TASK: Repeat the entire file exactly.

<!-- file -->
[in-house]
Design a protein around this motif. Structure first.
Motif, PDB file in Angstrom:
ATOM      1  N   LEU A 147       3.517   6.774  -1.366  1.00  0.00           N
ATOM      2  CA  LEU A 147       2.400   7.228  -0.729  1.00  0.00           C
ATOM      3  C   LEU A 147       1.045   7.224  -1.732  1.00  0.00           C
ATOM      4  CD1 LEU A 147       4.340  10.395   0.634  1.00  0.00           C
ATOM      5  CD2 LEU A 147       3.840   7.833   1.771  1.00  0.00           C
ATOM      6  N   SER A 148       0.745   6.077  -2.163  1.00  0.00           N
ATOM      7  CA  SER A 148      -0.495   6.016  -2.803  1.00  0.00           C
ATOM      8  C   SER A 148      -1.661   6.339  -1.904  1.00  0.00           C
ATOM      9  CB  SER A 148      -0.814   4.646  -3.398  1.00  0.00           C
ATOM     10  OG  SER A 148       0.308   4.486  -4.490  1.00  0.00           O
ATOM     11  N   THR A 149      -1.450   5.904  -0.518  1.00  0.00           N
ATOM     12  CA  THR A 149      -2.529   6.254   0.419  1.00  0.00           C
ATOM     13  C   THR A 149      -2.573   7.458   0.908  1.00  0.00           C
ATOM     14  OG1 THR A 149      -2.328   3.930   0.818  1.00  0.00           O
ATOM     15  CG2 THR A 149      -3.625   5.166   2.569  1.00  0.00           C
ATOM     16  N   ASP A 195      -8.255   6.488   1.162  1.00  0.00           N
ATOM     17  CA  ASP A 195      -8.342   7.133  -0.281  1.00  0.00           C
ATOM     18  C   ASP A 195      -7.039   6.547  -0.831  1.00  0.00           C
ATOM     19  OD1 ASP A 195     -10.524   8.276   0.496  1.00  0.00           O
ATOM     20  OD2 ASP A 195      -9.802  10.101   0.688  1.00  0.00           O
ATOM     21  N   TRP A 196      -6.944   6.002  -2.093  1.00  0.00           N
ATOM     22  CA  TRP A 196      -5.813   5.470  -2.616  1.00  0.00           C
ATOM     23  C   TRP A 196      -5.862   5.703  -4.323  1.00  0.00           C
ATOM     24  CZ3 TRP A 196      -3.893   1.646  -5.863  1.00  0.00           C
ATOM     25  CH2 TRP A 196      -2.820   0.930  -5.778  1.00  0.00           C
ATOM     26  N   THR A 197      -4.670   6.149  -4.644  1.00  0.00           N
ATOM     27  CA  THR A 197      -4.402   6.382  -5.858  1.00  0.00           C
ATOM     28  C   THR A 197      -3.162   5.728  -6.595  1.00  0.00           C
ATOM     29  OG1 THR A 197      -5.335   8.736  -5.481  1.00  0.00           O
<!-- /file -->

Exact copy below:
[in-house]
Design a protein around this motif. Structure first.
Motif, PDB file in Angstrom:
ATOM      1  N   LEU A 147       3.517   6.774  -1.366  1.00  0.00           N
ATOM      2  CA  LEU A 147       2.400   7.228  -0.729  1.00  0.00           C
ATOM      3  C   LEU A 147       1.045   7.224  -1.732  1.00  0.00           C
ATOM      4  CD1 LEU A 147       4.340  10.395   0.634  1.00  0.00           C
ATOM      5  CD2 LEU A 147       3.840   7.833   1.771  1.00  0.00           C
ATOM      6  N   SER A 148       0.745   6.077  -2.163  1.00  0.00           N
ATOM      7  CA  SER A 148      -0.495   6.016  -2.803  1.00  0.00           C
ATOM      8  C   SER A 148      -1.661   6.339  -1.904  1.00  0.00           C
ATOM      9  CB  SER A 148      -0.814   4.646  -3.398  1.00  0.00           C
ATOM     10  OG  SER A 148       0.308   4.486  -4.490  1.00  0.00           O
ATOM     11  N   THR A 149      -1.450   5.904  -0.518  1.00  0.00           N
ATOM     12  CA  THR A 149      -2.529   6.254   0.419  1.00  0.00           C
ATOM     13  C   THR A 149      -2.573   7.458   0.908  1.00  0.00           C
ATOM     14  OG1 THR A 149      -2.328   3.930   0.818  1.00  0.00           O
ATOM     15  CG2 THR A 149      -3.625   5.166   2.569  1.00  0.00           C
ATOM     16  N   ASP A 195      -8.255   6.488   1.162  1.00  0.00           N
ATOM     17  CA  ASP A 195      -8.342   7.133  -0.281  1.00  0.00           C
ATOM     18  C   ASP A 195      -7.039   6.547  -0.831  1.00  0.00           C
ATOM     19  OD1 ASP A 195     -10.524   8.276   0.496  1.00  0.00           O
ATOM     20  OD2 ASP A 195      -9.802  10.101   0.688  1.00  0.00           O
ATOM     21  N   TRP A 196      -6.944   6.002  -2.093  1.00  0.00           N
ATOM     22  CA  TRP A 196      -5.813   5.470  -2.616  1.00  0.00           C
ATOM     23  C   TRP A 196      -5.862   5.703  -4.323  1.00  0.00           C
ATOM     24  CZ3 TRP A 196      -3.893   1.646  -5.863  1.00  0.00           C
ATOM     25  CH2 TRP A 196      -2.820   0.930  -5.778  1.00  0.00           C
ATOM     26  N   THR A 197      -4.670   6.149  -4.644  1.00  0.00           N
ATOM     27  CA  THR A 197      -4.402   6.382  -5.858  1.00  0.00           C
ATOM     28  C   THR A 197      -3.162   5.728  -6.595  1.00  0.00           C
ATOM     29  OG1 THR A 197      -5.335   8.736  -5.481  1.00  0.00           O